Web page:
A year and a half ago, I spent a few hours at the offices of Hunch, a New York-based startup, learning about their decision engine. By asking you seemingly random questions, the engine helped you make decisions. Hunch’s engine was a nice way to aggregate what you liked, then help you find information based on that assumption. For me, the real potential of this decision engine was commerce, and that’s why I thought perhaps Amazon should buy Hunch. It could use the decision engine to help customers sift through the ever-expanding array of offerings and make purchasing decisions. That little kernel of an idea still looms large in my thinking, especially as I wonder what the future of media and e-commerce looks like.
Last week, I was chatting with Lightspeed VC’s Jeremy Liew, who has invested in companies such as Bonobos, ShoeDazzle and LivingSocial. He pointed out that the first phase of e-commerce was about shopping for staples. It was utilitarian, and he pointed to the success of companies such as Diapers.com, Amazon and Zappos. The next phase of e-commerce is about recreational shopping, and as a result, it needs to be a more fun and social experience.
No wonder there seems to be a growing obsession with companies such as Groupon and LivingSocial, part of an amorphous category called “social commerce,” which means different things to different people. Elizabeth Yin, co-founder of the wedding apparel shopping service Shiny Orb, wrote in a guest column: “the social shopping space is comprised of e-commerce sites that facilitate interaction among customers as part of a shopping experience.”
If that is indeed the case, I have to say today’s social commerce companies need to build deeper social experiences. But how? And where does social commerce go from here?
Enter the “Interest Graph”
In July 2010, Chris Dixon — co-founder of Hunch — noted we would soon enter a phase where “one graph to rule them all” will give way to more-focused, social graphs built around concepts such as taste, location and trust. In other words, these concepts could become the underpinning of what is now generically known as the interest graph.
At its very core, the interest graph is a way to organize a social network based on people’s interests. For instance, if you’re a fan of Charlie Sheen and Lindsay Lohan, it’s clear self-destructive Hollywood stars and their lives are what you’re interested in. The interest graphs are built through various mechanisms: by following people whom you deem as experts, through your likes and shares, etc. In the middle part of the last decade, we tried to do this through tags.
These interest graphs are more like mini-Twitters. Just as you can follow someone — Will Ferrell, for example — without being his friend, you can have an asymmetrical relationship with someone who has similar musical interests or taste in watches. As a blogger for Asset Map, a San Francisco-based startup, noted:
Music, movies, books, articles — these are all things where people have tastes that aren’t always influenced by friends — or at least not a big group of your friends. It’s no surprise to me that the most successful music services so far are things like Last.fm and Pandora that are far more organized around your musical interest graph than your musical social graph (AssetMap Blog)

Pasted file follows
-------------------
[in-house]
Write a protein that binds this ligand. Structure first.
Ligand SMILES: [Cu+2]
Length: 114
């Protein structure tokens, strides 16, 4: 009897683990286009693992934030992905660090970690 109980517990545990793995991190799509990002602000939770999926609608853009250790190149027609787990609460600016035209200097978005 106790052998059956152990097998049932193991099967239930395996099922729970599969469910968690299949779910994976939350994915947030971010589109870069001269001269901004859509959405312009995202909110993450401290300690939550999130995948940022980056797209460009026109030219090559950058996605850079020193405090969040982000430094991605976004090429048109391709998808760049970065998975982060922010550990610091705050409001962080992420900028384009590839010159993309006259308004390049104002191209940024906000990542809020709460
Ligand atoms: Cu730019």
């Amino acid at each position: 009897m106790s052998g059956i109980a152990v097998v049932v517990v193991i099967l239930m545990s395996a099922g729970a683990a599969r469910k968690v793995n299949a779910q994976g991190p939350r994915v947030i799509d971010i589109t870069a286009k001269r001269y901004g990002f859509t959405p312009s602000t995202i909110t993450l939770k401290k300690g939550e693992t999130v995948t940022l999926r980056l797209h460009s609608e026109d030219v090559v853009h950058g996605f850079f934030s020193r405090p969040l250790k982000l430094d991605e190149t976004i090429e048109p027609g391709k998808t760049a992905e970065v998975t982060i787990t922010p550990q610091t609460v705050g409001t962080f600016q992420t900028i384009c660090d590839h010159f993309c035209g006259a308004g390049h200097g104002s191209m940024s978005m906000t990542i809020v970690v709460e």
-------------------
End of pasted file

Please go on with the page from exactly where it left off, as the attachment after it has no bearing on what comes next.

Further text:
Interest Graph + Commerce = Transactions
Interest graph, for me, is the underpinning of a new kind of e-commerce experience. Think of it as a new kind of social commerce experience that goes beyond the notion of group shopping (Gilt Groupe, Groupon), shopping communities and recommendation engines. When Apple launched Ping, its music-oriented social network last year, to me it represented a template for social commerce.
Since Ping’s launch, I’ve downloaded songs based on the likes and recommendations of people who are not necessarily my friends, but who I follow because they have good taste in music. Sure, I have friends who are good at picking tracks, but Ping’s social layer has helped me discover new artists.
A few years back, I met Jeff Bezos and asked him why he was buying up content sites. I suspected the Amazon founder wanted to eliminate the “advertising” between commerce and content. If you remember, in 2007, Amazon bought DPreview, a digital camera community, and later acquired IMDB, a movie database.
As always, Bezos was a little ahead of the curve. In the post-Facebook, post-Groupon world, one can see a new kind of symbiotic relationship emerge between the interest graph and the “sellers.”
The concept is no different from enthusiast magazines of the past, such as Stereo Review, except there are “network effects” at play. Network effect, according to the Wikipedia definition is, “the effect that one user of a good or service has on the value of that product to other people.”
While enthusiast magazines were limited by the geographic boundaries and dollars publishers could spend on attracting new customers, in the Internet age, the network allows us to spread the word at a rapid clip, especially amongst people with similar interests. More importantly, since sellers can target the exact interest graph they want, they can skip advertising entirely. Instead, they can come up with an actual offer that leads to a transaction.
For entrepreneurs, I believe there are opportunities to create unique experiences around the concept of “interest graphs” that can be built off the backs of uber-networks such as Facebook and Twitter. These networks can help find the right kind of audience to build a viable channel for new commerce experience.